2018 Toyota Camry Pros and Cons

Jodi Lai
by Jodi Lai

The 2018 Toyota Camry is all new and it’s doing things very differently this time around.

Toyota is trying really hard to ditch its reputation for making boring cars, and the Camry is a huge step in this new direction. Make sure to check out our full review of the new Camry, but here is a quick overview of the pros and cons for this completely overhauled family sedan.

2018 Toyota Camry Pros and Cons


Drives Great: The all-new architecture that underpins the 2018 Toyota Camry allowed it to have much sportier driving dynamics. By pushing the wheels to closer to the corners, making the center of gravity lower, increasing structural rigidity, and completely overhauling the entire chassis, the new Camry is much more athletic than it used to be.

“Acceleration is more than adequate, with the engine and eight-speed transmission working hand-in-glove. You can really feel that they were developed by a dedicated team that was all on the same page because they perform beautifully,” said Craig Cole, AutoGuide.com‘s Detroit Bureau Editor in his review. “Refreshingly, this car’s steering is sharp, with a welcome crispness on center and an inspiring amount of heft. Never has a Camry felt so good to drive, which is sure to please first-time buyers and probably surprise repeat customers.”

Engine Options: There are three different powertrains on offer for the new Camry. A 2.5-liter four-cylinder engine is the base offering and has 203 hp and 184 pound-feet of torque. For a bit more hustle, the Camry is also still offering a V6 that outputs 301 hp and 267 lb-ft of torque. Finally, for more efficient driving, the Camry is also available as a hybrid, which has a CVT. The other Camry models get a smooth eight-speed auto.

Fuel Economy: The Camry LE has a fuel economy rating of 28 mpg city, 39 highway, and 32 combined, which beats a CVT-equipped Honda Accord’s 27/36/30 mpg ratings.

New Styling: “We wanted to make this car sexy,” says Ian Cartabiano, chief designer at Toyota’s in-house Calty Design Research facility. The new look is a huge departure from the old Camry, with a new style that — whether you like it or not — can’t be classified as boring. This new personality also carries over to the interior, which looks and feels much higher-end than its humble name and price would suggest.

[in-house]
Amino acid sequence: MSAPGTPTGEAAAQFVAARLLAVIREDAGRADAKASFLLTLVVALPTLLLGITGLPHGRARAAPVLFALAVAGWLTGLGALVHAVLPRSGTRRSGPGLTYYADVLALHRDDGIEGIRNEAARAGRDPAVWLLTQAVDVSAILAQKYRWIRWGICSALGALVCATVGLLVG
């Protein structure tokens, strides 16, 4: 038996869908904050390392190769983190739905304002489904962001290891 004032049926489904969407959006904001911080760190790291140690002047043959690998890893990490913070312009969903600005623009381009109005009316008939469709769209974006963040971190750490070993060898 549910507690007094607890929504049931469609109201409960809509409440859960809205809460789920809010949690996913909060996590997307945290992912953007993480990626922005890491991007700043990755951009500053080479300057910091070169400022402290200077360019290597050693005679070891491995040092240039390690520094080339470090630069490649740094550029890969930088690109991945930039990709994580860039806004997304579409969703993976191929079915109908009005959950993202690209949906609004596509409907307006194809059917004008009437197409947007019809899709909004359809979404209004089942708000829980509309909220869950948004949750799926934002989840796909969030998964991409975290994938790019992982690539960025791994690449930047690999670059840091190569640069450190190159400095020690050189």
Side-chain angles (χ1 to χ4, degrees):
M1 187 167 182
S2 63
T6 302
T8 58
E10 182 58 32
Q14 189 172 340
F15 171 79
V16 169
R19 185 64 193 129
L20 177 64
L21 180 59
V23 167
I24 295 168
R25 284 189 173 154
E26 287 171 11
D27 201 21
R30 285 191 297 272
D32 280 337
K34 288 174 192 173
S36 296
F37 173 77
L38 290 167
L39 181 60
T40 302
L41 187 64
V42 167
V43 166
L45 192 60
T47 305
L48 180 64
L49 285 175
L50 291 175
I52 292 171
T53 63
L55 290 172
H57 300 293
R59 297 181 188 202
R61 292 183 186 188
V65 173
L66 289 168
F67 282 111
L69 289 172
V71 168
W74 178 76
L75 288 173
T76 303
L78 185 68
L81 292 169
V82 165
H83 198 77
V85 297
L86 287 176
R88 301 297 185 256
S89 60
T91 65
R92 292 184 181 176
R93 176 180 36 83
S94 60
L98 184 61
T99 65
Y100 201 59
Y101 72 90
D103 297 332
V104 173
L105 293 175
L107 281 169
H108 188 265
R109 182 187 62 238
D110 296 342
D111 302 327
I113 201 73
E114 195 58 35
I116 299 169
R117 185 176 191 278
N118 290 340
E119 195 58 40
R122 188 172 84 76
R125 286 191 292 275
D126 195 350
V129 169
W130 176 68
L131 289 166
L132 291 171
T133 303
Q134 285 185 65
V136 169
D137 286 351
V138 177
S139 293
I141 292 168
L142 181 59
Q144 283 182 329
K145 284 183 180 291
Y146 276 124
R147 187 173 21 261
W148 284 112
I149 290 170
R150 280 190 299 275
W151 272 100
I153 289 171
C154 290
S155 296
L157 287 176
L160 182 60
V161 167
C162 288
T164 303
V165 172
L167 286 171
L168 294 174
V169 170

It’s Safe: The 2018 Toyota Camry was awarded as an IIHS Top Safety Pick+. All Camry models come standard with Safety Sense P, the Japanese automaker’s suite of safety and driver assistance features. It includes collision mitigation with pedestrian detection, adaptive cruise control that works in stop-and-go traffic, lane departure alert with steering assist, and automatic high beams. Some models are also available with blind spot monitoring with rear cross traffic alert and a top-down parking camera. The Camry comes standard with a reverse camera.

Built in America: The Camry is built in Georgetown, Kentucky.

ALSO SEE: 2018 Honda Accord Pros and Cons


No Apple CarPlay or Android Auto: Toyota is one of the only automakers that doesn’t offer this, and it’s made worse by the fact that the system native to the Camry isn’t as user-friendly or well designed as the Accord’s. It helps that the Camry is available with a 4G LTE connection so that it can act as a wi-fi hotspot. Toyota offers its own brand of smartphone connectivity but it doesn’t work very well and for drivers who view Apple CarPlay or Android Auto as a must-have, the fact the Camry doesn’t have it might be a dealbreaker.

ALSO SEE: 2018 Toyota Camry Review

Accord Has a Bigger Trunk: If cargo hauling was a big issue for drivers, the Honda Accord has a bigger trunk (16.7 cubic feet) than the new Camry (15.1 cu-ft).

Accord is Slightly More Affordable: The new Camry starts at $24,390 while the new Accord starts at $23,330, which again, isn’t a big difference, but might be enough to sway extremely budget-conscious buyers.

Discuss this article on our Toyota Forum

Jodi Lai
Jodi Lai

Jodi has been obsessed with cars since she was little and has been an automotive journalist for the past 12 years. She has a Bachelor of Journalism from Ryerson University in Toronto, is a member of the Automobile Journalists Association of Canada (AJAC), and a jury member for the prestigious North American Car/Truck/Utility Vehicle of the Year (NACTOY). Besides hosting videos, and writing news, reviews and features, Jodi is the Editor-in-Chief of AutoGuide.com and takes care of the site's day-to-day operations.

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2 of 6 comments
  • Steven Palmer Steven Palmer on Oct 13, 2017

    if it's like my 29014.5 Camry Hybrid XLE, tons of plastic... my 2014.5 handles very much like an economy car... at best. update, little things starting to malfunction, like drivers seat heater stopped working... driver door actuator (door lock broke a few months ago). Now has 50k miles on it. Has new tires too, the first set factory put on sucked, bought a really nice set to replace factory tires that wore out by 50k. Dealer had to reflash the Entune system with update. Everytime I think about it, and parts expense, it's a must have to have a warranty. The car is nice until thing break even when the car is relatively brand new the plastic stuff falls apart.

  • Juan Ramon Juan Ramon on Oct 18, 2017

    No manual, enough said.